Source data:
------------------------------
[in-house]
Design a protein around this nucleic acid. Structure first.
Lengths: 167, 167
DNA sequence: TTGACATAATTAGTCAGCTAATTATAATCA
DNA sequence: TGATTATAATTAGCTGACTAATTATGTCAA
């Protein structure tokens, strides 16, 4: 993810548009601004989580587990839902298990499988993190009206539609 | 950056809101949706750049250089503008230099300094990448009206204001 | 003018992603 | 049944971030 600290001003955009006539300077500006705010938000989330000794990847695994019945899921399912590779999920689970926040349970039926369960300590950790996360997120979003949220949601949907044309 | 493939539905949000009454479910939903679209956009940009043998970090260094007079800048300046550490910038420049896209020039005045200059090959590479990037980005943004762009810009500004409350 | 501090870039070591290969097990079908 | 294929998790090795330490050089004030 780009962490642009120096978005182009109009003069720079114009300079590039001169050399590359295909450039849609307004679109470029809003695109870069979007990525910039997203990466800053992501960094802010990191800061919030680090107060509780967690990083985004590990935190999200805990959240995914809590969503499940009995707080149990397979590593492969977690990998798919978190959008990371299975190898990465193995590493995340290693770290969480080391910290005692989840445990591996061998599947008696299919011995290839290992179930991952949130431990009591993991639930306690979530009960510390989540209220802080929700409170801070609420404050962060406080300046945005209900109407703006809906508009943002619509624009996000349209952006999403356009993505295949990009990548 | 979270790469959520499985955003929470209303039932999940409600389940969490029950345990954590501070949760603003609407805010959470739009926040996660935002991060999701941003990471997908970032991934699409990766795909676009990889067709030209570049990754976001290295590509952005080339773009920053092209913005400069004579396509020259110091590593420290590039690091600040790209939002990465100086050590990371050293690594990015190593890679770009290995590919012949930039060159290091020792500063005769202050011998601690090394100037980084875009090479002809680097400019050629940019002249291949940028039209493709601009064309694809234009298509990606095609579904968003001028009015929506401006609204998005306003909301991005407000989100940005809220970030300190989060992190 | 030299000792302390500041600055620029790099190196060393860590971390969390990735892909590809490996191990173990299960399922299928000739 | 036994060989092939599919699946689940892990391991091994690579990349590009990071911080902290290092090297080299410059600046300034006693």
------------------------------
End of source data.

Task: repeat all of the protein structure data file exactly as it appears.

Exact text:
[in-house]
Design a protein around this nucleic acid. Structure first.
Lengths: 167, 167
DNA sequence: TTGACATAATTAGTCAGCTAATTATAATCA
DNA sequence: TGATTATAATTAGCTGACTAATTATGTCAA
């Protein structure tokens, strides 16, 4: 993810548009601004989580587990839902298990499988993190009206539609 | 950056809101949706750049250089503008230099300094990448009206204001 | 003018992603 | 049944971030 600290001003955009006539300077500006705010938000989330000794990847695994019945899921399912590779999920689970926040349970039926369960300590950790996360997120979003949220949601949907044309 | 493939539905949000009454479910939903679209956009940009043998970090260094007079800048300046550490910038420049896209020039005045200059090959590479990037980005943004762009810009500004409350 | 501090870039070591290969097990079908 | 294929998790090795330490050089004030 780009962490642009120096978005182009109009003069720079114009300079590039001169050399590359295909450039849609307004679109470029809003695109870069979007990525910039997203990466800053992501960094802010990191800061919030680090107060509780967690990083985004590990935190999200805990959240995914809590969503499940009995707080149990397979590593492969977690990998798919978190959008990371299975190898990465193995590493995340290693770290969480080391910290005692989840445990591996061998599947008696299919011995290839290992179930991952949130431990009591993991639930306690979530009960510390989540209220802080929700409170801070609420404050962060406080300046945005209900109407703006809906508009943002619509624009996000349209952006999403356009993505295949990009990548 | 979270790469959520499985955003929470209303039932999940409600389940969490029950345990954590501070949760603003609407805010959470739009926040996660935002991060999701941003990471997908970032991934699409990766795909676009990889067709030209570049990754976001290295590509952005080339773009920053092209913005400069004579396509020259110091590593420290590039690091600040790209939002990465100086050590990371050293690594990015190593890679770009290995590919012949930039060159290091020792500063005769202050011998601690090394100037980084875009090479002809680097400019050629940019002249291949940028039209493709601009064309694809234009298509990606095609579904968003001028009015929506401006609204998005306003909301991005407000989100940005809220970030300190989060992190 | 030299000792302390500041600055620029790099190196060393860590971390969390990735892909590809490996191990173990299960399922299928000739 | 036994060989092939599919699946689940892990391991091994690579990349590009990071911080902290290092090297080299410059600046300034006693």